Working our way along the beach we took a few shots and along the front were amused by a quirkily decorated cottage. There was the usual flotsam and jetsam on the beach and I attempted a few bird in flight shots with the crows and gulls that skulked on the stones. In the distance, a man tended his boat and I tried to take a few shots of him but nothing interesting emerged.

Having wandered onto the beach and playing with my zoom lens for a while I realised I had lost sight of everyone else in the group and so wandered up Sea Road for a nosy. I have to say there wasn’t much that caught my eye and so I headed towards the Pavilion which had been our main goal of the day.

De La Warr Pavilion
De La Warr Pavilion. Bexhill-on-Sea 

At the De La Warr Pavilion, a 1935 modernist masterpiece on the seafront, we enjoyed the linear exterior, the reflections and the vast white-and-chromeness of it before entering the building. The plan was to visit the exhibition there curated by Elizabeth Price “In a dream, you saw a way to survive and you were full of joy”. It was a variety of pieces of artwork, photographs and film collected to depict various life themes: Sleeping, Working, Mourning and Dancing. Not being totally au fait with installations (is it an installation?) there were bits I got and some I didn’t. The photography was interesting, there was some luscious vintage hand coloured film and other multimedia pieces.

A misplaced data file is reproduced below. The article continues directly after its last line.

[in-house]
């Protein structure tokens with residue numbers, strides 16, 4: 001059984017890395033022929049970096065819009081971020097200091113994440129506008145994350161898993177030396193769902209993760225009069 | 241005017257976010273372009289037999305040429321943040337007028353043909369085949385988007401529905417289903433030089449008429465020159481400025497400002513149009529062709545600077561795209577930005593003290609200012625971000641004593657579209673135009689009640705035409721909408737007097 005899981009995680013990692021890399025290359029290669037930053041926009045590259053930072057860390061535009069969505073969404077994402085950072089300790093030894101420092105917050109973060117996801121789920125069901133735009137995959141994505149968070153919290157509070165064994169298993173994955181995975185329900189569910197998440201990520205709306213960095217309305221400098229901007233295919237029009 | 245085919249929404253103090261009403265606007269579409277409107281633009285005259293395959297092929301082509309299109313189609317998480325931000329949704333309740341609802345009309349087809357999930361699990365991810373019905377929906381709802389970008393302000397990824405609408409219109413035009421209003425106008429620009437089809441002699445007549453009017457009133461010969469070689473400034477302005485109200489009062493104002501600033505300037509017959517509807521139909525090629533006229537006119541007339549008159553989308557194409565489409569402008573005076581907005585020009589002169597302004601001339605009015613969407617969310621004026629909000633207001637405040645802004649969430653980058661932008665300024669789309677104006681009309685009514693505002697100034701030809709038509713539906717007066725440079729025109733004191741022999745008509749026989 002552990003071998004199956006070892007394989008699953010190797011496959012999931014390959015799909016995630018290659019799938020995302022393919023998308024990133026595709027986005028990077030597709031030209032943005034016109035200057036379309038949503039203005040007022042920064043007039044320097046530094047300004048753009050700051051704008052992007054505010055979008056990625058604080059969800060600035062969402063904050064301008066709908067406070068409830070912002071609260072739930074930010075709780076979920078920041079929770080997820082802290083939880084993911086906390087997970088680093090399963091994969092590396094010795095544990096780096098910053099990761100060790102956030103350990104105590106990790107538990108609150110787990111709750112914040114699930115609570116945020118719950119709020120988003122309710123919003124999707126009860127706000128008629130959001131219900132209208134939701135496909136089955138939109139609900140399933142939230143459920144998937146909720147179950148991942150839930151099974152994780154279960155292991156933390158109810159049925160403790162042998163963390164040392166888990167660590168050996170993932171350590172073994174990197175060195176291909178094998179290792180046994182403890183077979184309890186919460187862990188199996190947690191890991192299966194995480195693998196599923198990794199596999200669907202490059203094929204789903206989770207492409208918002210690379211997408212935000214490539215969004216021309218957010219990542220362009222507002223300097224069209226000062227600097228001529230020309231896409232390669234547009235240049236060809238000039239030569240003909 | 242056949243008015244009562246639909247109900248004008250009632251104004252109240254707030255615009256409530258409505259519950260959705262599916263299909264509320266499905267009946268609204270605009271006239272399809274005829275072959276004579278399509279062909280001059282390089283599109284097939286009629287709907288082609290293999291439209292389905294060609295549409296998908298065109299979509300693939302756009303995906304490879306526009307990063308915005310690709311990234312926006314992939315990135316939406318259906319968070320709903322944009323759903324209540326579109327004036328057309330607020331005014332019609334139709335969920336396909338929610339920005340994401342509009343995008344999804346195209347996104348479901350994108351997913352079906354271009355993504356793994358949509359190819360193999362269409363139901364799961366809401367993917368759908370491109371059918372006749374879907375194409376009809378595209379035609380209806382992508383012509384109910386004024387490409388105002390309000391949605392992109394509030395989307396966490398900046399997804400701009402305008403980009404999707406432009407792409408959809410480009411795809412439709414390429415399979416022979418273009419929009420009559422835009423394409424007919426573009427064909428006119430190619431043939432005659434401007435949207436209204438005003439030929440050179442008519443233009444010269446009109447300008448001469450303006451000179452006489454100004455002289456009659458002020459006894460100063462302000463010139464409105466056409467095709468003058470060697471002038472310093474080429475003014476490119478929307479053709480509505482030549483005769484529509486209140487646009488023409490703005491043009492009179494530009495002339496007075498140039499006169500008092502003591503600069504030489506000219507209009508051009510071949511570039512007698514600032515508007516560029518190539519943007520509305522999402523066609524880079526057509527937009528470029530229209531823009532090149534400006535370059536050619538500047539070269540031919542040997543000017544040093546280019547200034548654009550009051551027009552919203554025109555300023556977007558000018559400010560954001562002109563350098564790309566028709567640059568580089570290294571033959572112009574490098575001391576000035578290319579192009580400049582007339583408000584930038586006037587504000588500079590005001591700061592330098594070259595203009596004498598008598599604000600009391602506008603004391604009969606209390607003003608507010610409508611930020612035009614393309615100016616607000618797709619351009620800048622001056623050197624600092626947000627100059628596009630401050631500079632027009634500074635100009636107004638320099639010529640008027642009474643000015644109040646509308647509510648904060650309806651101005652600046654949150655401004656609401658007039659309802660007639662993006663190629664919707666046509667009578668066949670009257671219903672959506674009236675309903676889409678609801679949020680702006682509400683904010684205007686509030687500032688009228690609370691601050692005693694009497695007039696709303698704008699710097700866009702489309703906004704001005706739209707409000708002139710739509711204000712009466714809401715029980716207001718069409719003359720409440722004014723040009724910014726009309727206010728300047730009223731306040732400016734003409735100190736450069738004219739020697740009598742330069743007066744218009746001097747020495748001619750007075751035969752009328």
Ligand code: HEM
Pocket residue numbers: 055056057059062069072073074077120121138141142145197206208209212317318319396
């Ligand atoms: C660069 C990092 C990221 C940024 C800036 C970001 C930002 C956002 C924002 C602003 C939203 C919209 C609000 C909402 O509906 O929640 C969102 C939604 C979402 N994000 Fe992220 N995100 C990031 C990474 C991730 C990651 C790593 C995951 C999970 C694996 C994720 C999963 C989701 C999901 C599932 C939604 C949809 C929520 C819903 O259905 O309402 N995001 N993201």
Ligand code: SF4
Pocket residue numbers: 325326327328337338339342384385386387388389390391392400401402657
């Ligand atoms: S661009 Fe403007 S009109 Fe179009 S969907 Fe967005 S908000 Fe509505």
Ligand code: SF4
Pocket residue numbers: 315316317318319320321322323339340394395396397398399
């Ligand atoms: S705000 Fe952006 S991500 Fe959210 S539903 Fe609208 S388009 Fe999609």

After that, we ventured onto the other floors which held an exhibition of final year architecture students on the top floor and (my favourite) The New Line: Works from the Jobbing Print Collection. I really enjoyed this display of 1930s poster work and artefacts from their production like copy books and pages from the practice books for lettering. It reminded me of work we had seen in Vienna last autumn.

Then I wandered around taking far too many pictures of the magnificent spiral staircase, which while fabulous was IMHO the only really good subject inside the pavilion. The interior apart from the staircase seemed a bit spare for me and I know its modernist and therefore minimalist but I wondered whether there were other features that no longer existed.

The Gorgeous spiral staircase at De La Warr Pavilion

We enjoyed a really delicious lunch before venturing back out into the elements for another look at the sea before we headed home.

The bandstand

When doing a recce for the trip I had seen a haberdashery store advertised near the pavilion and we happened upon this on the way back to the station. I persuaded the others to let me inside for a few minutes and had a little rummage (not nearly enough time really) bought some bits and headed for the station. At the station one of our number spotted a fabulously colourful couple and we decided we had to take photos.

Sadly this led to us missing our bus when an impatient driver stopped us getting on board. Hence we had an additional quarter of an hour at Bexhill Station waiting for the next bus. All’s well that ends well however, and I reached home tired, happy and looking forward to the joys of post processing.

Create a free website or blog at

Up ↑

Create your website with
Get started